A notable exception to the rule is former Iowa State quarterback Seneca Wallace, who turned down an invitation to work out at receiver at the combine in 2003. Seattle drafted him in the fourth round, at No. 110 overall, and the 5-11 Wallace is now a relief starter for the Cleveland Browns in his ninth season in the NFL.

Reuter says Wilson compares favorably, in that he has shown enough arm strength and accuracy to compete on Sundays, and that "unlike Wallace, he's not looking to run -- but will take the opportunity if it's there."

There's also the issue of character, which Reuter said counts more heavily at quarterback than other positions -- as evidenced negatively last year when Arkansas' Ryan Mallett fell to the third round after admitting drug use. In that respect, Wilson is sitting pretty.

"Smart teams will still consider him on Saturday," Reuter said, referring to the last four rounds. "It's so hard to find a reliable backup or spot starter. That's what Saturday picks are for."

While Badgers receiver Nick Toon has been able to refute some doubts about his ability to attack the ball and play through nagging injuries, leading Reuter to believe he's a second-round selection with a slim chance of moving up, Henry remains an enigma.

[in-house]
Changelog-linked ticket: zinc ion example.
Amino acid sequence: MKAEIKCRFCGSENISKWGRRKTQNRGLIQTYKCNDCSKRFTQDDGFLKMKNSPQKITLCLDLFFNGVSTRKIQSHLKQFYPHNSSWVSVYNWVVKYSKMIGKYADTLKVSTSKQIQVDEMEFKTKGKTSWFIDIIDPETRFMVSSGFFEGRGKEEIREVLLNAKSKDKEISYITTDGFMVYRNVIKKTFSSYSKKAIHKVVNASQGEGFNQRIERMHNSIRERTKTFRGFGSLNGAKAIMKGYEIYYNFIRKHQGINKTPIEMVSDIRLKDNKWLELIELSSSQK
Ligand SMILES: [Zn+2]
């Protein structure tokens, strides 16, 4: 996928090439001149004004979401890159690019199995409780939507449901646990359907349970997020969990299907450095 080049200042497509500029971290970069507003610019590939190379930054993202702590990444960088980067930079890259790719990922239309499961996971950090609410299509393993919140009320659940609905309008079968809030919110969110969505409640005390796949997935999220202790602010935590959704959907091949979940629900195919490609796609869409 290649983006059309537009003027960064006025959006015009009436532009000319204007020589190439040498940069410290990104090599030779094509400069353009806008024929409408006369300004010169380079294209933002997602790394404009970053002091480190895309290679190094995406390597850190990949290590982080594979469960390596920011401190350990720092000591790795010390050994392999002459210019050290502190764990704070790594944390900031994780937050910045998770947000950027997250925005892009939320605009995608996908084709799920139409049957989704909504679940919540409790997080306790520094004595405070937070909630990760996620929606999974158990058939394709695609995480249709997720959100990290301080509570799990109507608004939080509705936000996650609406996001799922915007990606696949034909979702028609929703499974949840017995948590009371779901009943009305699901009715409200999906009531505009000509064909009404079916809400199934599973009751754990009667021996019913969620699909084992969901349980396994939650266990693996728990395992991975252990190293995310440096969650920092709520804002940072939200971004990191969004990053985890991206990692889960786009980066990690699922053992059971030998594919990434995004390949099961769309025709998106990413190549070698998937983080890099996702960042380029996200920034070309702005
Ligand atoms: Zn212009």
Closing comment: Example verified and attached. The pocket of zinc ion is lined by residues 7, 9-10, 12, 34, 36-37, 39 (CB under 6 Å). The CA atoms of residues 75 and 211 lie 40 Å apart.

"Scouts will like his form; he has decent ball skills and can close on passes in the flat. He can push athleticism and that he's still learning the position" after converting from cornerback, said Reuter, who believes Henry could be picked in the third or fourth round. "The biggest issue is a lack of awareness in coverage. The Rose Bowl will be a big stage for him."

Meanwhile, if Konz declares for the draft, right guard Kevin Zeitler is likely to follow close behind him in the draft as a third- or fourth-rounder. And despite his six knee surgeries and questions about his ability to handle athletic ends, senior right tackle Josh Oglesby remains an intriguing prospect because of his 6-foot-7, 330-pound frame and may be taken in the late rounds.

"Wisconsin linemen just have a good reputation with NFL people, that they're well-coached, intelligent players who know their assignments," Reuter said.